Farhi Developments high rise overcomes heritage concerns
One of London’s oldest streetscapes could soon include one of the region’s tallest buildings.
On Monday, city hall’s Planning and Environment Committee considered a rezoning application by Farhi Developments to build a 40-storey high rise at 435-452 Ridout Street that would include 280 residential units, commercial, and office space.
The tower would be located immediately behind ‘Banker’s Row’, a series of yellow-brick buildings dating back to 1838 that originally housed five bank headquarters.
It’s one of four National Historic Sites in London.
The building would be next door to Eldon House (1834), the city’s oldest residence, and overlook Harris Park and the Forks of the Thames.
“Look at it from an objective point of view,” said Committee Chair Phil Squire. “I’m trying very hard to do that, while also understanding the concerns of the heritage community.”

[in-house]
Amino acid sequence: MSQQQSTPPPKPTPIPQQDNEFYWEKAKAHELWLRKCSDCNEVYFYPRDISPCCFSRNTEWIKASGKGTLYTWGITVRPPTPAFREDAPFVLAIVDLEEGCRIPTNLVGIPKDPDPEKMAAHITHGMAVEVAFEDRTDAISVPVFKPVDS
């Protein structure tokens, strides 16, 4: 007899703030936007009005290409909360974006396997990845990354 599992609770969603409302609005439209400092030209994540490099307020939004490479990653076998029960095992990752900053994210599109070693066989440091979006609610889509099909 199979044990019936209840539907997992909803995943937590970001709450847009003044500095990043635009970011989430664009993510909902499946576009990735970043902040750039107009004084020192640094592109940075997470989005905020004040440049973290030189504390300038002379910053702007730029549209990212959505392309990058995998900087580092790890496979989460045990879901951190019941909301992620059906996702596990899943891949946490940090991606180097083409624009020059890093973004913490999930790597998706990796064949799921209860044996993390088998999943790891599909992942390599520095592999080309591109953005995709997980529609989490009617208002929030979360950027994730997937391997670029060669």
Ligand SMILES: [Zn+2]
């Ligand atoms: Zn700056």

More than fifty people submitted letters to the committee, objecting to the location and scale of the development.
“All the surface parking that is available downtown, to have the highest building developed on a flood plain and in a heritage district, makes me question (the proposal),” Councillor Anna Hopkins told her colleagues on the planning committee.
Farhi Developments maintains that all heritage concerns raised by the city have been addressed by the current design.
Councillor Steve Lehman emphasized that no historic buildings will be torn down, “The heritage properties will be protected, yes they will be close to new development.”
City staff recommend approval of the rezoning because the development meets the criteria laid out in The London Plan to encourage density downtown.
Despite the property’s proximity to the flood plain, the Upper Thames Valley Conservation Authority has also approved the building design, albeit with a number of conditions.
“To really effectively bring back our downtown and bring back the vibrancy that it used to have, means having people live downtown,” said Councillor Shawn Lewis.
Ultimately, the committee voted 4 to 1, Hopkins opposed, to support the rezoning.
Several councillors, including Squire, predicted another lengthy debate before city council makes a final decision on June 15.
“Matters that are very important to the city, which this is, will get a full vetting at council.”